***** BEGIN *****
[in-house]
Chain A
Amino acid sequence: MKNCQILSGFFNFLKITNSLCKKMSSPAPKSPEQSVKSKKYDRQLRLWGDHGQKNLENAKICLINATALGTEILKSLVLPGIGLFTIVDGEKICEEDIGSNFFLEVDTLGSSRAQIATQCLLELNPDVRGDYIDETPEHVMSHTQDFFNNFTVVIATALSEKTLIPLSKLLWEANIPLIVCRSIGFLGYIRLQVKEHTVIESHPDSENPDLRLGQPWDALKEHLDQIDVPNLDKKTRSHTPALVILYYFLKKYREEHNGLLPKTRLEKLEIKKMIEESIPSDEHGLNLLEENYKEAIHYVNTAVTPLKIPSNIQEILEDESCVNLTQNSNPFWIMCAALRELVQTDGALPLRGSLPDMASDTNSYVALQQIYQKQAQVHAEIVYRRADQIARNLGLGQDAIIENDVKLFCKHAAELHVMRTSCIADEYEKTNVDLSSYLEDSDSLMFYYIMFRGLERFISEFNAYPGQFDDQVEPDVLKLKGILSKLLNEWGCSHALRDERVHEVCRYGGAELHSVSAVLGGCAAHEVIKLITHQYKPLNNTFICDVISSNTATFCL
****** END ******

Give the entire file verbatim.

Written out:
[in-house]
Chain A
Amino acid sequence: MKNCQILSGFFNFLKITNSLCKKMSSPAPKSPEQSVKSKKYDRQLRLWGDHGQKNLENAKICLINATALGTEILKSLVLPGIGLFTIVDGEKICEEDIGSNFFLEVDTLGSSRAQIATQCLLELNPDVRGDYIDETPEHVMSHTQDFFNNFTVVIATALSEKTLIPLSKLLWEANIPLIVCRSIGFLGYIRLQVKEHTVIESHPDSENPDLRLGQPWDALKEHLDQIDVPNLDKKTRSHTPALVILYYFLKKYREEHNGLLPKTRLEKLEIKKMIEESIPSDEHGLNLLEENYKEAIHYVNTAVTPLKIPSNIQEILEDESCVNLTQNSNPFWIMCAALRELVQTDGALPLRGSLPDMASDTNSYVALQQIYQKQAQVHAEIVYRRADQIARNLGLGQDAIIENDVKLFCKHAAELHVMRTSCIADEYEKTNVDLSSYLEDSDSLMFYYIMFRGLERFISEFNAYPGQFDDQVEPDVLKLKGILSKLLNEWGCSHALRDERVHEVCRYGGAELHSVSAVLGGCAAHEVIKLITHQYKPLNNTFICDVISSNTATFCL